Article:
Despite being originally released in 2017, Divinity: Original Sin II feels strangely like one of gaming’s best-kept secrets. To anyone outside of the medium, it’s a collection of words and a number that make it feel unwelcoming. Those who’ve played it, however, can talk about it for hours on end.
Set in a world where magic is outlawed because it tends to lead to all sorts of inter-dimensional nasties arriving wherever it’s used, Divinity’s world is one of unrest. In terms of art direction, it’s unabashedly westernised fantasy, with monsters, disgruntled guards, and a protagonist who is the prophecised “chosen one” just some of the genre’s staple tropes.
Where Divinity: Original Sin II bucks this trend is in its choice-laden structure which props up every aspect of the roughly seventy-to-eighty hour campaign. Many games, RPG or not, offer seemingly binary choices with little to no real impact aside from dialogue, while some offer the kind of morally ambiguous role-playing that makes gaming such a powerful art form. Divinity: Original Sin II easily enters that second category, shot-through by a range of decisions from major to minor and everything in between.
When creating a character, players can make rudimentary tweaks to their visual appearance but the real meat is to be found in character races. While humans are essentially blank slates, Elves can unearth extra story elements from consuming the flesh of the dead, Dwarves can sneak, while Lizard characters are resistant to status effects such as fire and poison.
The clear favourite, however, is the Undead race. They terrify villagers, preventing you from being able to shop in towns unless wearing a helmet which covers the characters head – or a simple bucket. Healing potions damage the Undead, but using poison has the opposite effect – meaning your spell caster’s damage-over-time spell could essentially turn them into your healer. It’s a fun inversion on more standard RPG fare.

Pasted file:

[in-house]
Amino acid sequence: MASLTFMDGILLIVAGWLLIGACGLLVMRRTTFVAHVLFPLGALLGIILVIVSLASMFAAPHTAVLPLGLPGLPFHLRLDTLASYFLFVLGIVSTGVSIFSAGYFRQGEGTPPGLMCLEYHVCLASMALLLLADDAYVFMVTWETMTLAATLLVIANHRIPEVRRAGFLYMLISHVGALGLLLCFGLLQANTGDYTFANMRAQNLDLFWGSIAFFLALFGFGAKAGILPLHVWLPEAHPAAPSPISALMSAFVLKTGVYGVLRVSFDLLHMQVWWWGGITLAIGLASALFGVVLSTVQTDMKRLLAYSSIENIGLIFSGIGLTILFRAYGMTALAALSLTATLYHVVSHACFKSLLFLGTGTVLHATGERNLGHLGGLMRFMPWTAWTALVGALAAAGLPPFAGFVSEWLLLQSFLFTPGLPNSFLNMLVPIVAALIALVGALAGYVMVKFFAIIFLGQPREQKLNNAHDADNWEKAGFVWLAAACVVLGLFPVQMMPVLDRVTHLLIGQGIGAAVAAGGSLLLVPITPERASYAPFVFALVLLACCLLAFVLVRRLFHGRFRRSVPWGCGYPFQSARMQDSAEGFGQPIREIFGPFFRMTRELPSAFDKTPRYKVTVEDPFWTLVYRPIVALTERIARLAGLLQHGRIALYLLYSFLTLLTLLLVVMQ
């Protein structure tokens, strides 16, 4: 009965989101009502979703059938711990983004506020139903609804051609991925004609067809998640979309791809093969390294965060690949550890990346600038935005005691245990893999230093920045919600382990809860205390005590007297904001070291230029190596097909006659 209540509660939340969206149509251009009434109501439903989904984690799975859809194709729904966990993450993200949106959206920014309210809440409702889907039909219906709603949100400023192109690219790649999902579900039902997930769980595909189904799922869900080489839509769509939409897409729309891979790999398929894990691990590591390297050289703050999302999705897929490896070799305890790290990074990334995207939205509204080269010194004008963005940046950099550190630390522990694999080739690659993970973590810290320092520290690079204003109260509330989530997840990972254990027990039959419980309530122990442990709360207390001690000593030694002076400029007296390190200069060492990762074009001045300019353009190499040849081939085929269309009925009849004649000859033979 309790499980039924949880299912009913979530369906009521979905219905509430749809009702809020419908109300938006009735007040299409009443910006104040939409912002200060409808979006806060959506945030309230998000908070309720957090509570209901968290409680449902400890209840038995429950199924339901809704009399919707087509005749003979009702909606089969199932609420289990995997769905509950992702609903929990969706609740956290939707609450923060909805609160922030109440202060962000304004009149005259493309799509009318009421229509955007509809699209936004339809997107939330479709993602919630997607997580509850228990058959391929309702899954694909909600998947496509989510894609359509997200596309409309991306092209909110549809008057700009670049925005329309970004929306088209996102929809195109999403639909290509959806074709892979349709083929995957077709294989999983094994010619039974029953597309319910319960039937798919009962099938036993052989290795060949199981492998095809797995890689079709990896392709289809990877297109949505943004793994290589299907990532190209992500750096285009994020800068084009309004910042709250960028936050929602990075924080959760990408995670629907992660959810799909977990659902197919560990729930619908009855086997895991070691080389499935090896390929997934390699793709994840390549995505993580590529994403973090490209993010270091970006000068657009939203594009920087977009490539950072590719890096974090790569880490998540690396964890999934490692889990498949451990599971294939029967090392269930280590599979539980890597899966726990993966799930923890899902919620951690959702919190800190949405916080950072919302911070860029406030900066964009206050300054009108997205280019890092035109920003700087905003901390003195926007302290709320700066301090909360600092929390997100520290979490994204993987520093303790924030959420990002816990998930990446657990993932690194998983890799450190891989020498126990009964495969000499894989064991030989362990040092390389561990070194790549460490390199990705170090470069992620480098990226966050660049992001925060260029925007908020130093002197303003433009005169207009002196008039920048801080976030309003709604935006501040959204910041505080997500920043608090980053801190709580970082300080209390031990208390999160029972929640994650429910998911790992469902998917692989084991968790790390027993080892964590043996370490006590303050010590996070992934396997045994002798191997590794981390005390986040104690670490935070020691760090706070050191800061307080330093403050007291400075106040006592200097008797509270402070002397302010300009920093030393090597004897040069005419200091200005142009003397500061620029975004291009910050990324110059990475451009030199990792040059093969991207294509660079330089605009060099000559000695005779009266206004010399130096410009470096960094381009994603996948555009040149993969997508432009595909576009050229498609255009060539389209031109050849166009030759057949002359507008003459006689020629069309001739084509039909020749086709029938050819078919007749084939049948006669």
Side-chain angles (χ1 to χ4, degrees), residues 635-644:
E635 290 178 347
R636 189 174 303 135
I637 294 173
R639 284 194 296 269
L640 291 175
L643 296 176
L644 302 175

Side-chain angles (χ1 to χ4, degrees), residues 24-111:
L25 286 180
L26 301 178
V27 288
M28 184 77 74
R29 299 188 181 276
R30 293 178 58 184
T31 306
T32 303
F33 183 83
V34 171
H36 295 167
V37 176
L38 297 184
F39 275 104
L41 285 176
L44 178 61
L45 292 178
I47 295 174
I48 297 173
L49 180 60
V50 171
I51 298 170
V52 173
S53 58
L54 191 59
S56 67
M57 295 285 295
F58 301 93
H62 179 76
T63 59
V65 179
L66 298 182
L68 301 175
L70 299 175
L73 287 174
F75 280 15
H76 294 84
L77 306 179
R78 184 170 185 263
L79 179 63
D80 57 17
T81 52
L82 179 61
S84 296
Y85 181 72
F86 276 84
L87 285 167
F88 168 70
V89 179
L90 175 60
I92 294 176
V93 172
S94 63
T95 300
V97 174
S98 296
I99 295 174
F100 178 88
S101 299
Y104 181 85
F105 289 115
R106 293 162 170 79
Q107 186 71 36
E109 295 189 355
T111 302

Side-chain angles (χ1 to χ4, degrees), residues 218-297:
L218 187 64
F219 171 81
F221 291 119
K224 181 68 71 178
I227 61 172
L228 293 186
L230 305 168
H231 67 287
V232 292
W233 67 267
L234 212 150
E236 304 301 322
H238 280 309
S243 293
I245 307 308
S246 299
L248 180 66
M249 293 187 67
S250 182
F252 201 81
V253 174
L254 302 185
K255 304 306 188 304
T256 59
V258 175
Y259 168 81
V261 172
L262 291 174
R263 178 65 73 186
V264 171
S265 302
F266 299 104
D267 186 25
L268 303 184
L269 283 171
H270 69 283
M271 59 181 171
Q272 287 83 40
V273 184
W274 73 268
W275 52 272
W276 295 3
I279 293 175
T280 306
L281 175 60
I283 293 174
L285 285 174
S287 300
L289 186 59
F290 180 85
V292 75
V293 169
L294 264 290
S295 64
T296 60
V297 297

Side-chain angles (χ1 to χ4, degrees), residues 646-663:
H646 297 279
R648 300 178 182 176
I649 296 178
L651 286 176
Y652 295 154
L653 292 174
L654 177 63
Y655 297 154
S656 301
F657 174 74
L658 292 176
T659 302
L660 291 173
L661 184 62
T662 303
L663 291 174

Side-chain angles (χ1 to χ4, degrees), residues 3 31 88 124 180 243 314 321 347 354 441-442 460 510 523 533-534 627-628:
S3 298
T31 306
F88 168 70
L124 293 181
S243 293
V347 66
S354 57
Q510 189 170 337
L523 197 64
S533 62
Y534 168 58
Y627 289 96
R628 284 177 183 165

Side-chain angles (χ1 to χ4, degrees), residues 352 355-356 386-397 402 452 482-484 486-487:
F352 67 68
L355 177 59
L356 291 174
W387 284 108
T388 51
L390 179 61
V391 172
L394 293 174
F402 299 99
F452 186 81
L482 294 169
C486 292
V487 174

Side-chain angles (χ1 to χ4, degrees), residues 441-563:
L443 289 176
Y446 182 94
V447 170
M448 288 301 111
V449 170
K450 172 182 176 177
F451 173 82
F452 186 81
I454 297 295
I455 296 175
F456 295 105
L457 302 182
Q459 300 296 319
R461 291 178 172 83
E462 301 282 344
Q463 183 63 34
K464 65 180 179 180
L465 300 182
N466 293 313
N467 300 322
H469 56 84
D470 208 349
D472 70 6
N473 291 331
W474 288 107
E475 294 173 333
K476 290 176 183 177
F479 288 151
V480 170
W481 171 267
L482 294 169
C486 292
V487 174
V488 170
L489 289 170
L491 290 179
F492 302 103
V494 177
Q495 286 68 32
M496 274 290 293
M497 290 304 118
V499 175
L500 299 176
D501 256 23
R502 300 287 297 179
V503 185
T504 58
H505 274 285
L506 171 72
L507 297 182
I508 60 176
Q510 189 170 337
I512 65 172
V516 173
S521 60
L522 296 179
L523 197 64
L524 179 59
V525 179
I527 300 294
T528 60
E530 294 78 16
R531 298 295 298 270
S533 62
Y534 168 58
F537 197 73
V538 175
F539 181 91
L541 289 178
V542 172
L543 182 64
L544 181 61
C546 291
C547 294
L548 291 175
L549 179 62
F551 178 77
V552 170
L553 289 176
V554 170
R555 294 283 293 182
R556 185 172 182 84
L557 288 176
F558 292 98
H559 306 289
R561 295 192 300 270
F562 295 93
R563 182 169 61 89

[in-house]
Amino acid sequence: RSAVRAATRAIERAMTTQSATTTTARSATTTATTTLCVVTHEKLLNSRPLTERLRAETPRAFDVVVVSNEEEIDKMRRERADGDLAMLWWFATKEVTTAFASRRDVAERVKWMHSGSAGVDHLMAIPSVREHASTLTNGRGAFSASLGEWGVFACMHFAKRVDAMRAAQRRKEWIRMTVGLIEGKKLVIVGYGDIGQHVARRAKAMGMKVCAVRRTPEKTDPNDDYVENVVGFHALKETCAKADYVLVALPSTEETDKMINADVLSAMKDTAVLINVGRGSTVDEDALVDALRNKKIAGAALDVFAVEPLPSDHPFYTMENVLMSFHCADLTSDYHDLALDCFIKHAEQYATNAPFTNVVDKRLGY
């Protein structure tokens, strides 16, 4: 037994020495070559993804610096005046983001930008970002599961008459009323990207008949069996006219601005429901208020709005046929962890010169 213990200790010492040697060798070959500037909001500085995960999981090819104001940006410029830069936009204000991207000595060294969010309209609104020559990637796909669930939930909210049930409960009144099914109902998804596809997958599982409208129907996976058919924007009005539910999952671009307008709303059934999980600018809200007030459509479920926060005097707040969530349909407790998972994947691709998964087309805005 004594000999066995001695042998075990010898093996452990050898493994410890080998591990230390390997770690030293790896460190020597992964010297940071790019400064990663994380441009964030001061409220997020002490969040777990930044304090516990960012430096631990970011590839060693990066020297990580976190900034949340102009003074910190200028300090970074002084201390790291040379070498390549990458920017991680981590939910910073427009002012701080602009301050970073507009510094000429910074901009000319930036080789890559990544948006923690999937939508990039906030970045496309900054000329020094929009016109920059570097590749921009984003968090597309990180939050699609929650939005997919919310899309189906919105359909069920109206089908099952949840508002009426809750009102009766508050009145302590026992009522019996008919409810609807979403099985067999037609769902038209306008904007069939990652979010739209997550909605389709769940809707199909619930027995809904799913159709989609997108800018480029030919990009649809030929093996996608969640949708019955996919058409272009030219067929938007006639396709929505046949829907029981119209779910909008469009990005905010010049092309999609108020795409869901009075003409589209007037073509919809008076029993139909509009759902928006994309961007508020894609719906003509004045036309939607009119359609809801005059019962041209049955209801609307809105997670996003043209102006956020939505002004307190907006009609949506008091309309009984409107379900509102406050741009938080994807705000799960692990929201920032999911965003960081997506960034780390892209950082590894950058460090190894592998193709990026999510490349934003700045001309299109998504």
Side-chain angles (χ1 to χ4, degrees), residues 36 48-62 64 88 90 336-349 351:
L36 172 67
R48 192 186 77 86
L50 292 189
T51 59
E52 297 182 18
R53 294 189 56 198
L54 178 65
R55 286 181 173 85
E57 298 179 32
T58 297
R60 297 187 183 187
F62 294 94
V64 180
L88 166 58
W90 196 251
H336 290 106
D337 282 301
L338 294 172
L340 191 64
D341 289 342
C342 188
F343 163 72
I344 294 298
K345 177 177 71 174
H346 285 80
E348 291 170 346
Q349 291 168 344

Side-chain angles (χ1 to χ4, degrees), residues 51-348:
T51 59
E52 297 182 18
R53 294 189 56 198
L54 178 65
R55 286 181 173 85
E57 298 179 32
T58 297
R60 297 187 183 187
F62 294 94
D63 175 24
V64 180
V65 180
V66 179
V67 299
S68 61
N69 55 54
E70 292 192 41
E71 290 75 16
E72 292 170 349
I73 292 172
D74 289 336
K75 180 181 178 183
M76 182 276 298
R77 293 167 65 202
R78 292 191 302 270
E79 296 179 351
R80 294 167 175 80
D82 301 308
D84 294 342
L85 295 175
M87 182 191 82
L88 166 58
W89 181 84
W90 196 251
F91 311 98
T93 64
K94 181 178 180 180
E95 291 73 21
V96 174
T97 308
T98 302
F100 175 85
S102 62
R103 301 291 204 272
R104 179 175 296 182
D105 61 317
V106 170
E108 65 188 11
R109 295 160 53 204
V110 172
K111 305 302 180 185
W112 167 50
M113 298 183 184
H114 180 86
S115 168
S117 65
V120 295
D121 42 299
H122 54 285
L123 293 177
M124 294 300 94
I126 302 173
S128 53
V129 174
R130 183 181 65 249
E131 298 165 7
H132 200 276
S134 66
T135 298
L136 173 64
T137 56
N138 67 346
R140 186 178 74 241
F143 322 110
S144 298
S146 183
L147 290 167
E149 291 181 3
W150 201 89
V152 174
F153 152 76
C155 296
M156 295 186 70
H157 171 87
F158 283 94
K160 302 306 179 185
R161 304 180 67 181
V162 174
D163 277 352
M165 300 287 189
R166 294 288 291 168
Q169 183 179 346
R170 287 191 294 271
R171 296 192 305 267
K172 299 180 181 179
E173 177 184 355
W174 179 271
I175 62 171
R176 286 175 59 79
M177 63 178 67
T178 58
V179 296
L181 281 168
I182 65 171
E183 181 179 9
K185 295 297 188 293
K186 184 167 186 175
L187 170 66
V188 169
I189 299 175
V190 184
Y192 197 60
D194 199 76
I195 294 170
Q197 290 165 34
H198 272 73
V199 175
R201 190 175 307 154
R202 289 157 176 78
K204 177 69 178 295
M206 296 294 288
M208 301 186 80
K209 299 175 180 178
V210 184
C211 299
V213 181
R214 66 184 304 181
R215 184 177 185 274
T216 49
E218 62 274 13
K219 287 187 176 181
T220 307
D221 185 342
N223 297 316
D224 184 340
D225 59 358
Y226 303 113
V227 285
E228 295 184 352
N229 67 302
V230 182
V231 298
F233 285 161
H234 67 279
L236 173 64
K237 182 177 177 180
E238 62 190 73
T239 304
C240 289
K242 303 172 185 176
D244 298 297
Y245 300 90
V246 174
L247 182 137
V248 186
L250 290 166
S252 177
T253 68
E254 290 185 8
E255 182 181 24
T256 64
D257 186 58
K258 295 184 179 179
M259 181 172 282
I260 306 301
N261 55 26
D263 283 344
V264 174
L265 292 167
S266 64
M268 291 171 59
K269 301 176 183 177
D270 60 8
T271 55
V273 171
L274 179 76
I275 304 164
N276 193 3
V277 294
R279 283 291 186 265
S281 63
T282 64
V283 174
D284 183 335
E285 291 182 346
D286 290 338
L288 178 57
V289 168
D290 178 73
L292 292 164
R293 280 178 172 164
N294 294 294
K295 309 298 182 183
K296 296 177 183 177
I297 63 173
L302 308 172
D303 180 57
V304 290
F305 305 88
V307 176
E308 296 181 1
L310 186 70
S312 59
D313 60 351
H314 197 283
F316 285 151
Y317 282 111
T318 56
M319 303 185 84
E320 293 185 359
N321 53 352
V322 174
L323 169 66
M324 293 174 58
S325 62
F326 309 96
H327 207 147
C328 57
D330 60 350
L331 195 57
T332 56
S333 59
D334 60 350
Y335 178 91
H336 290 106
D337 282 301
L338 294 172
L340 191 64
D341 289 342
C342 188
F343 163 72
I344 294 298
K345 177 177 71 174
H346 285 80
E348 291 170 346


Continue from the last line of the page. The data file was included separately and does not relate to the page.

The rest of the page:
Your party are important too – not only as simple combat pawns but as companions. Each is excellently written, and despite the game’s familiar visual aesthetic, each subverts expectations cleverly. The Red Prince is a Lizard who is initially reticent to make your acquaintance, but his story arc is equal parts touching and comical all of the way through.
For the uninitiated (and it’s likely there will be many of you, especially if you missed the PS4 or Xbox One ports), Divinity: Original Sin II is an isometric RPG. Unlike similarly observed titles like Pillars Of Eternity, combat is turn-based but occurs within the open world.
Here, while movement and attacks are important, understanding your environment is just as key – smashing a case covering oil which spills over the battlefield with one character can lead to another setting it alight for massive damage for example, but these kinds of things can be utilised by surprisingly intelligent enemy AI, too.
Because combat is sewn into the open-world, you can soon find an insult escalating into a duel, or the death of a key character writing them out of the story. It’s brave, and brilliant – despite being surprisingly tough, even early on. You can even team up in up to four-player co-op to try and vanquish beasts together.
Of course, those that have already experienced Divinity: Original Sin II will want to know how the Switch version runs. Especially since the Switch version offers cross-save with the Steam version of the game.
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Honestly, the fact that the game is on Switch at all is a blessing, but there are visual downgrades. The visuals are muddier than you’ll remember from other versions, particularly character models, but environments are still full of detail and bursting with small items – even at a lower resolution.
Thankfully frame-rate is steady, even when spells are flying across the screen and players clash swords and chatter with each other.
Reviewed on Nintendo Switch
Divinity: Original Sin II is the best RPG you’re not playing. Unless you have played it, in which case you should definitely play it again. Its commitment to choice, challenging and tactical combat and strong characterisation make it one of the Switch’s best games.
- Great story with plenty of choice
- Fun characters
- Perfect combat
- (Understandable) visual downgrade
- The quest log can be occasionally nebulous
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